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At Last by Ann Hampton Callaway

How fortunate. Ann Hampton Callaway had no idea how famous the title song of her new CD would become between the time that its recording was completed and it was released. During that lag between production and distribution, Beyonce famously sang "At Last" for the Obamas’ first dance of the Inaugural Ball, and it was played in the remaining nine balls as well. Now, everyone knows "At Last" if they didn’t before. Callaway chose the song for its emotional power, as did the Obamas, although the song does contain some appropriate political double meanings like "at last skies above are blue" as well as romantic ones such as "I found a dream that I can speak to." Originally, Callaway had planned a standard heart-felt version of the song until her producer suggested that she allow its implicit passion to emerge. Which Callaway does as it becomes soulful with Rodney Jones’ counter-statements on guitar and as tenor saxman Theodross Avery drenches it in blues. That solo seems to unhinge Callaway as pianist Ted Rosenthal adds suggestion of six-eight doo-wap, and she pours out her feelings, exclamatory and unrestrained, as her extraordinary abilities allow. A reinforcement of its emotional bearing that the world saw as Beyonce struggled tearfully through the emotions of the song. Presciently, Callaway wrote in the liner notes in 2008, "Good songs remind us that there is more to life than headlines." How true.

As a set-up to the rest of At Last, the title track effectively implies Callaway’s intentions of making each song a story in itself as she moves from the wonder of "What Is This Thing Called Love?" to her own final composition about perseverence, "Finding Beauty," which offers its own sense of beauty akin to an Michel Legrand/Alan and Marilyn Bergman song, concise with apt interlocking of emotions, lyrics and melody. No wonder Barbra Streisand asked Callaway to write the lyrics to her own wedding song. Coincidentally nor not, Callaway ends At Last with a Legrand/Bergman/Bergman song, "On My Way to You," which is entirely consistent with the feel of her own writing. In between those beginning and ending tracks of At Last Callaway presents her own finely developed repertoire of love songs that reinforce each other in content and move sequentially to logical conclusion.

The breadth of Callaway’s talent and the length of her resume defy the categorization that some jazz listeners prefer. "Over the Rainbow" doesn’t receive re-modulation or scat singing,but Callaway sings it, complete with verse, for all the emotional power that it evokes, employing her surety of pitch and width of her range for great effect, not as a complement to Judy Garland’s version but as a continuation of her albums narrative journey. Though Callaway has sung with symphony orchestra, jazz bands, in cabaret settings, on Broadway, on TV entertainment shows and even in the film The Good Shepherd, there’s no denying not only her interest in, but her personalized adaptation of jazz singing. Who does her version of "What Is This Thing Called Love?" remind one of but Sarah Vaughan, with her way of trilling notes or employing characteristic swoops or chromatic descents or scatting or implying swing even during rests or ending the song on a ninth? Callaways encouragement from George Shearing comes through during her chorus of unison singing with Rosenthal’s block-chord playing. In addition, Callaway enjoys the interaction with some of the current generation’s top jazz musicians, such as her comical colloquy with Wycliffe Gordon on "Comes Love," during which he sings too, but through the trombone with the growl from his muting and the blue notes expressed in several octaves before the key change.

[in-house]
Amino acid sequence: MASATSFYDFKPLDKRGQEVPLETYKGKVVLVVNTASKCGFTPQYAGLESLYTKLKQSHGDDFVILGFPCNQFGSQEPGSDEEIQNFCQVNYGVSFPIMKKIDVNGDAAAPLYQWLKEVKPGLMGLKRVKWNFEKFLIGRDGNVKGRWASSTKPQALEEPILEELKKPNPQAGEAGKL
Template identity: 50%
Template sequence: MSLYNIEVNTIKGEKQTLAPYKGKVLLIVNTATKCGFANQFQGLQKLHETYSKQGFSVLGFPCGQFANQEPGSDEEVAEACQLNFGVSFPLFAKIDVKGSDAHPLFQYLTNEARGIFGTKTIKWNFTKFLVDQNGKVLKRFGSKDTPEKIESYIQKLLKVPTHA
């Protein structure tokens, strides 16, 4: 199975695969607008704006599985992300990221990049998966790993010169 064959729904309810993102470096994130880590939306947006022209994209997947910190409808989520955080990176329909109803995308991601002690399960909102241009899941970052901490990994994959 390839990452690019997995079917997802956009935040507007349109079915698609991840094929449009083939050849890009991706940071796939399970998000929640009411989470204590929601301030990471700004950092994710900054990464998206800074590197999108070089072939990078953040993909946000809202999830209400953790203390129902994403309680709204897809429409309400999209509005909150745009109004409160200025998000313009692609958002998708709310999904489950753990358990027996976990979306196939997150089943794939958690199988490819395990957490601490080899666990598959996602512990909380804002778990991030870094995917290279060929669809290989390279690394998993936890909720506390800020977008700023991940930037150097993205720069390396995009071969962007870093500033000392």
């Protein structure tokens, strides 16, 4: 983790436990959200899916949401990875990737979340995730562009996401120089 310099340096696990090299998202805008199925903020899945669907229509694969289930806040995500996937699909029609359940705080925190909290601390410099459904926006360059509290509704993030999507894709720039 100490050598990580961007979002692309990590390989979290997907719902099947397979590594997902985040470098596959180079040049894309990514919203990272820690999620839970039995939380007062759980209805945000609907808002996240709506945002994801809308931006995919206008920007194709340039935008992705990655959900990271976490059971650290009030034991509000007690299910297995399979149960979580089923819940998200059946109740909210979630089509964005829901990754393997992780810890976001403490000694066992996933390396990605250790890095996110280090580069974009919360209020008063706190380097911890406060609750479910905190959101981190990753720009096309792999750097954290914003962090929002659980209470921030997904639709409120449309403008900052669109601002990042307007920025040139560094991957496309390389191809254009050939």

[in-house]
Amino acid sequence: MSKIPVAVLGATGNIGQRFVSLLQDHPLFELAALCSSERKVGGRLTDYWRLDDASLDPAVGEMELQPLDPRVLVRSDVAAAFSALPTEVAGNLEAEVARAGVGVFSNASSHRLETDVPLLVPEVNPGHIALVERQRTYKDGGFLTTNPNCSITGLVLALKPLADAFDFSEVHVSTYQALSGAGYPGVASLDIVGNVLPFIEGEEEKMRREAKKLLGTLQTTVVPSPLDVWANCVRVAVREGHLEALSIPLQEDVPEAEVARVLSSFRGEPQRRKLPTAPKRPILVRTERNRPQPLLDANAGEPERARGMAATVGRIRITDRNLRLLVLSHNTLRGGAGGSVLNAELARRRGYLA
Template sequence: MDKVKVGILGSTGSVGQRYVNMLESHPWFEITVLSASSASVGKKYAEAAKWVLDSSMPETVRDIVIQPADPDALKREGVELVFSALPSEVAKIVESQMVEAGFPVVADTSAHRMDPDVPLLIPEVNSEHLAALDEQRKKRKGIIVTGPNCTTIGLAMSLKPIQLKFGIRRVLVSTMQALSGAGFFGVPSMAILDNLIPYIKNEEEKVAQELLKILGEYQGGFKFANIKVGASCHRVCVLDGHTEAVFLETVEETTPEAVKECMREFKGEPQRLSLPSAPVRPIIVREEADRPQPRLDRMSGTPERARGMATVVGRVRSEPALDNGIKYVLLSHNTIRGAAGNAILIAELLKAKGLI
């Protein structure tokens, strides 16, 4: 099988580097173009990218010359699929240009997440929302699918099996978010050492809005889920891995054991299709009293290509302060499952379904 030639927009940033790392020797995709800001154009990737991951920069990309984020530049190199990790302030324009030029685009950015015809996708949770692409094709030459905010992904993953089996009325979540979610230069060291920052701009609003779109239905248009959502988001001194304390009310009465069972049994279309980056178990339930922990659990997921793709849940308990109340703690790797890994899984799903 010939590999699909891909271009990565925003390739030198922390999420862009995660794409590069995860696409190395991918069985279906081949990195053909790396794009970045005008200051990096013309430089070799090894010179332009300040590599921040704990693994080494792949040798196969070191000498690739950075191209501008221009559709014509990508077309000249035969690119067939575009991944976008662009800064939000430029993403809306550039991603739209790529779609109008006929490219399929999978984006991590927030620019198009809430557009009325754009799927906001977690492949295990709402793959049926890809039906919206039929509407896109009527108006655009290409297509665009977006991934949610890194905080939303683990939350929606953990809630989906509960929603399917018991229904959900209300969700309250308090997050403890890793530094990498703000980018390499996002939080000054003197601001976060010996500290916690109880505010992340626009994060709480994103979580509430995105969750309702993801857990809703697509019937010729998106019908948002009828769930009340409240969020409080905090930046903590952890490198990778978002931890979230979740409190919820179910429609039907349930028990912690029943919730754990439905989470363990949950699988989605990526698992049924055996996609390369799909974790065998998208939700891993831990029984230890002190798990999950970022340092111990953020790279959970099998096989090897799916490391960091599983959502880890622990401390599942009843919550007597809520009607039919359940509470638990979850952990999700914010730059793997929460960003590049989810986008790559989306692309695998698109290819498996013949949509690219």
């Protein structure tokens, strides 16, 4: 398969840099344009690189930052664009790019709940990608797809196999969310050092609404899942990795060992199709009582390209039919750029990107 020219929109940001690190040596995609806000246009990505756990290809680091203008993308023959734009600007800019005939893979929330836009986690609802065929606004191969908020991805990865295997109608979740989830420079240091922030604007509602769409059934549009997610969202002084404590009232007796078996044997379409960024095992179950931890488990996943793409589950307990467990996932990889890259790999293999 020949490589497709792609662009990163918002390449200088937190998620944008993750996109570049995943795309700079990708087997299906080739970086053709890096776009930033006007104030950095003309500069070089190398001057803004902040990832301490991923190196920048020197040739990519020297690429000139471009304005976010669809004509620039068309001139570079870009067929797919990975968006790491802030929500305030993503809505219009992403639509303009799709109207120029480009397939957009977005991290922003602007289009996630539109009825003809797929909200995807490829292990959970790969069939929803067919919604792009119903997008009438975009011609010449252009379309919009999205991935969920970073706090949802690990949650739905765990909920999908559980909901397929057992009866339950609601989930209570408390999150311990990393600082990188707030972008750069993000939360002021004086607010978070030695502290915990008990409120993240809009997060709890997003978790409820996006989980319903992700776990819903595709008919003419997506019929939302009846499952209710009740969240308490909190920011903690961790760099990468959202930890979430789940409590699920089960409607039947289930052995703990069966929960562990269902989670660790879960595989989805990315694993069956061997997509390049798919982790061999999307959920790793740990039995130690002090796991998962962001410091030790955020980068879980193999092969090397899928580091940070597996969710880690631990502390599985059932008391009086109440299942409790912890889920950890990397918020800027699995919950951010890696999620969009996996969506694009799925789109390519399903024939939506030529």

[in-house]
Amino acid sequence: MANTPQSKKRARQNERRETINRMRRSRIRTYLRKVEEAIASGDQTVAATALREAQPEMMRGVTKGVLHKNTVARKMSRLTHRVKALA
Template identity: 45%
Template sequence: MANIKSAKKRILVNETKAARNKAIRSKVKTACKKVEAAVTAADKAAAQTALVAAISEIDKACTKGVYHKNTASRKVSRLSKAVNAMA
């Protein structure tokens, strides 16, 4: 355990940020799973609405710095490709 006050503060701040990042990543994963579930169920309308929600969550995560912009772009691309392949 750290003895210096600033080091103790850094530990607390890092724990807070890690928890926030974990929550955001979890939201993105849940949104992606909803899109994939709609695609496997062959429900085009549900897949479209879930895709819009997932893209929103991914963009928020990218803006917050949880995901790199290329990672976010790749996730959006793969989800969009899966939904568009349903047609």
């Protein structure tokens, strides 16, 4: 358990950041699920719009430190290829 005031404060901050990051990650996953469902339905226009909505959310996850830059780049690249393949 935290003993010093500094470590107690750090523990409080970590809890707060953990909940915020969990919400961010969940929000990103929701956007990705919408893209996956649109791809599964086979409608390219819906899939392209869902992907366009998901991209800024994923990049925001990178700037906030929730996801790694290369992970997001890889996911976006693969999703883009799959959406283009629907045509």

Though Ann Hampton Callaway has recorded often, At Last provides a continuity of thought and feeling throughout the CD that makes it a total package, rather than a random selection of songs. And the emotion that that song evoked during the inaugural balls give a clue of what one would hear on the album.

Additional Info

  • Artist / Group Name: Ann Hampton Callaway
  • CD Title: At Last
  • Genre: Jazz Vocals
  • Year Released: 2009
  • Record Label: Telarc
  • Tracks: What Is This Thing Called Love, Comes Love, Carey, At Last, Spain, Lazy Afternoon, Landslide, Save A Place For Me, Over The Rainbow, Finding Beauty, On My Way To You
  • Musicians: Ann Hampton Callaway (vocals), Ted Rosenthal (piano), Jay Leonhart (bass), Victor Lewis (drums). With Marvin Stamm (flugelhorn), Wycliffe Gordon (trombone), Teodross Avery (tenor saxophone), Rodney Jones (guitar), Mads Tolling (violin), Emedin Rivera (percussion)
  • Rating: Four Stars
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